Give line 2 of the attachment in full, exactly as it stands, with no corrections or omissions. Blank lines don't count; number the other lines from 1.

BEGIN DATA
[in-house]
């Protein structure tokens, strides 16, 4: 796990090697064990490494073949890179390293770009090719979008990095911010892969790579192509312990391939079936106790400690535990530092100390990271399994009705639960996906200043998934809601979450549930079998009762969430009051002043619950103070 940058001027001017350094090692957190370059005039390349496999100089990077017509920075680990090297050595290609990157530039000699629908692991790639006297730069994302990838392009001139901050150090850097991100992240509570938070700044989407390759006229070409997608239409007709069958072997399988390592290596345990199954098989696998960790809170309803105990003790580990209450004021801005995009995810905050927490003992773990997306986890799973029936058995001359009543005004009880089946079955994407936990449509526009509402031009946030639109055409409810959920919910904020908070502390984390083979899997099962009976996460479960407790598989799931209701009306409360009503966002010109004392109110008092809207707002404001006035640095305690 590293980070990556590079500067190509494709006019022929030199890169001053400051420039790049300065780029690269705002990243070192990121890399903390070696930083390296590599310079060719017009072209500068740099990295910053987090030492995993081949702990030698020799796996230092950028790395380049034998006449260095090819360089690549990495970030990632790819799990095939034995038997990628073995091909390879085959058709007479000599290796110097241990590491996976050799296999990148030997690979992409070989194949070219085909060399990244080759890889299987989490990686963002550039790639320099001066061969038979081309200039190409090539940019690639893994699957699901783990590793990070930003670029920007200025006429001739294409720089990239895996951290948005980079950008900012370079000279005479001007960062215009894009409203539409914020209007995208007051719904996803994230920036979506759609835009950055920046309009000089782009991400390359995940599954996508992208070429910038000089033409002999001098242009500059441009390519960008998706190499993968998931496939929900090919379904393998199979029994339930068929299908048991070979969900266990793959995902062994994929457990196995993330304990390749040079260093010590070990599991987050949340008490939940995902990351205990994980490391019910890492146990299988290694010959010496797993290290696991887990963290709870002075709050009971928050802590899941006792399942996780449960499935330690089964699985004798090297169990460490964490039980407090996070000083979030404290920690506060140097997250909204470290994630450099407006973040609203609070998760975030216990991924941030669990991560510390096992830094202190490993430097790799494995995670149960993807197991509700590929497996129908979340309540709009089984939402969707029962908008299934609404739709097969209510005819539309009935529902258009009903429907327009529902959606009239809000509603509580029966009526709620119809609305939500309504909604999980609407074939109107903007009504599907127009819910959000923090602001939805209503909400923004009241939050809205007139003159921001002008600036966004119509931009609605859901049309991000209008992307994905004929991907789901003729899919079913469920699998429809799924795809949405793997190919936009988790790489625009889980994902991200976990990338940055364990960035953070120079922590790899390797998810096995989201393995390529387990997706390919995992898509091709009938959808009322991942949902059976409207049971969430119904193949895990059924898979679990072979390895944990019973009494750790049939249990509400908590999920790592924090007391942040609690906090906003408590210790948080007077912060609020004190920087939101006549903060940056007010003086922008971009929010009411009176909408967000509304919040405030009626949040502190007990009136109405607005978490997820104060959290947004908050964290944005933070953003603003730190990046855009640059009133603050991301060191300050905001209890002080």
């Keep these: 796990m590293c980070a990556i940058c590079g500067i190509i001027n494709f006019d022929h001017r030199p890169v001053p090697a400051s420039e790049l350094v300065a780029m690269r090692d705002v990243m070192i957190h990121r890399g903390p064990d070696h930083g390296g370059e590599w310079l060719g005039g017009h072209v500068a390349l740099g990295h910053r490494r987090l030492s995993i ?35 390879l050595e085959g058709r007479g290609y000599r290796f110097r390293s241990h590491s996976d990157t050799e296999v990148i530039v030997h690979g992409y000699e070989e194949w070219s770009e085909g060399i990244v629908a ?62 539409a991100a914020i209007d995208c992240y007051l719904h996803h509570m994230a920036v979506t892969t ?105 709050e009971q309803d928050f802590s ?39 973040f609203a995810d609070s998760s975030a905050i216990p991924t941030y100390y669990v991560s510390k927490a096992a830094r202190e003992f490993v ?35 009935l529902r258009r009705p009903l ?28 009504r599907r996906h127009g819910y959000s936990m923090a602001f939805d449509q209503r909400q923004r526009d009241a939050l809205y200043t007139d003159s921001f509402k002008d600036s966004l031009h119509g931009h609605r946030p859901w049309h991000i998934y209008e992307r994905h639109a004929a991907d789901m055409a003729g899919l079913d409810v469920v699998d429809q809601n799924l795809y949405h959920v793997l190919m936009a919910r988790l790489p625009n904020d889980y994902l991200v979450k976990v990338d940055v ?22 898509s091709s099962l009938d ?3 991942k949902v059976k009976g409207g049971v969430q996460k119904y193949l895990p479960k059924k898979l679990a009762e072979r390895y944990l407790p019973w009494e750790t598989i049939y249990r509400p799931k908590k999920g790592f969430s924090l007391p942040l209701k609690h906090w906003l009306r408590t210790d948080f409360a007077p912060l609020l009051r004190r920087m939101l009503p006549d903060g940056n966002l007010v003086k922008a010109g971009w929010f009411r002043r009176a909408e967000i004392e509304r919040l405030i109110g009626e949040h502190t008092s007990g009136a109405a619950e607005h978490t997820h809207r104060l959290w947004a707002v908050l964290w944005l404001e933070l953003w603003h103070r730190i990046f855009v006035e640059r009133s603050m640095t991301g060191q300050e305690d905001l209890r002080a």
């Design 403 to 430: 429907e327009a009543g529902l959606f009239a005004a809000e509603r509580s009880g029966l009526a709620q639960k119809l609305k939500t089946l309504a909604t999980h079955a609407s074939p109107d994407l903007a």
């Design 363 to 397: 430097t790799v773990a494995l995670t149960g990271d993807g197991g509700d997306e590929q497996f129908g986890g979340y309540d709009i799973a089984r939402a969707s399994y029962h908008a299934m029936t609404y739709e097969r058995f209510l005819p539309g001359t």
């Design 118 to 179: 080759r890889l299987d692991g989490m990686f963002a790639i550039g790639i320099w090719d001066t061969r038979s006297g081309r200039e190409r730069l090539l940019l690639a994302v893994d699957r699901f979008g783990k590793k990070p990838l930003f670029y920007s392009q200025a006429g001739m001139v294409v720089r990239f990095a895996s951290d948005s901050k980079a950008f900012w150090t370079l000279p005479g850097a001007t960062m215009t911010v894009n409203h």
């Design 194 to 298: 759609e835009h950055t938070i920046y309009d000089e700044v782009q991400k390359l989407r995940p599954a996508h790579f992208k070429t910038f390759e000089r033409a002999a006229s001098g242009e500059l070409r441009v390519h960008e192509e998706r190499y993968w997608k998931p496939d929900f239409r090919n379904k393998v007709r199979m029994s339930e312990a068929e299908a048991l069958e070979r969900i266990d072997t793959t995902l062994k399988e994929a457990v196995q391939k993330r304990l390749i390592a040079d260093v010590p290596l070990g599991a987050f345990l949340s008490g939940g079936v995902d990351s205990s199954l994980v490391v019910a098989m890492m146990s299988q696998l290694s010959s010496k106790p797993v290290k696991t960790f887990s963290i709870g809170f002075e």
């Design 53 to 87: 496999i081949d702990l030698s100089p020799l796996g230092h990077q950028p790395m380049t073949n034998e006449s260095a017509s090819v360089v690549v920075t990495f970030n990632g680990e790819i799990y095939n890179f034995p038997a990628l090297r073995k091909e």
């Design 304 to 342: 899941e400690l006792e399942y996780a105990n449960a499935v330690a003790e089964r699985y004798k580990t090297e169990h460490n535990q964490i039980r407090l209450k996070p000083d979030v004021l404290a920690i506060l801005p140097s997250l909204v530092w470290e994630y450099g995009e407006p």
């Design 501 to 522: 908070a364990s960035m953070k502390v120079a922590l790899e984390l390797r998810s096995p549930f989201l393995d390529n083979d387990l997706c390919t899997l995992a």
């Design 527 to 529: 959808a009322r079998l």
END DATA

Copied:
């Protein structure tokens, strides 16, 4: 796990090697064990490494073949890179390293770009090719979008990095911010892969790579192509312990391939079936106790400690535990530092100390990271399994009705639960996906200043998934809601979450549930079998009762969430009051002043619950103070 940058001027001017350094090692957190370059005039390349496999100089990077017509920075680990090297050595290609990157530039000699629908692991790639006297730069994302990838392009001139901050150090850097991100992240509570938070700044989407390759006229070409997608239409007709069958072997399988390592290596345990199954098989696998960790809170309803105990003790580990209450004021801005995009995810905050927490003992773990997306986890799973029936058995001359009543005004009880089946079955994407936990449509526009509402031009946030639109055409409810959920919910904020908070502390984390083979899997099962009976996460479960407790598989799931209701009306409360009503966002010109004392109110008092809207707002404001006035640095305690 590293980070990556590079500067190509494709006019022929030199890169001053400051420039790049300065780029690269705002990243070192990121890399903390070696930083390296590599310079060719017009072209500068740099990295910053987090030492995993081949702990030698020799796996230092950028790395380049034998006449260095090819360089690549990495970030990632790819799990095939034995038997990628073995091909390879085959058709007479000599290796110097241990590491996976050799296999990148030997690979992409070989194949070219085909060399990244080759890889299987989490990686963002550039790639320099001066061969038979081309200039190409090539940019690639893994699957699901783990590793990070930003670029920007200025006429001739294409720089990239895996951290948005980079950008900012370079000279005479001007960062215009894009409203539409914020209007995208007051719904996803994230920036979506759609835009950055920046309009000089782009991400390359995940599954996508992208070429910038000089033409002999001098242009500059441009390519960008998706190499993968998931496939929900090919379904393998199979029994339930068929299908048991070979969900266990793959995902062994994929457990196995993330304990390749040079260093010590070990599991987050949340008490939940995902990351205990994980490391019910890492146990299988290694010959010496797993290290696991887990963290709870002075709050009971928050802590899941006792399942996780449960499935330690089964699985004798090297169990460490964490039980407090996070000083979030404290920690506060140097997250909204470290994630450099407006973040609203609070998760975030216990991924941030669990991560510390096992830094202190490993430097790799494995995670149960993807197991509700590929497996129908979340309540709009089984939402969707029962908008299934609404739709097969209510005819539309009935529902258009009903429907327009529902959606009239809000509603509580029966009526709620119809609305939500309504909604999980609407074939109107903007009504599907127009819910959000923090602001939805209503909400923004009241939050809205007139003159921001002008600036966004119509931009609605859901049309991000209008992307994905004929991907789901003729899919079913469920699998429809799924795809949405793997190919936009988790790489625009889980994902991200976990990338940055364990960035953070120079922590790899390797998810096995989201393995390529387990997706390919995992898509091709009938959808009322991942949902059976409207049971969430119904193949895990059924898979679990072979390895944990019973009494750790049939249990509400908590999920790592924090007391942040609690906090906003408590210790948080007077912060609020004190920087939101006549903060940056007010003086922008971009929010009411009176909408967000509304919040405030009626949040502190007990009136109405607005978490997820104060959290947004908050964290944005933070953003603003730190990046855009640059009133603050991301060191300050905001209890002080």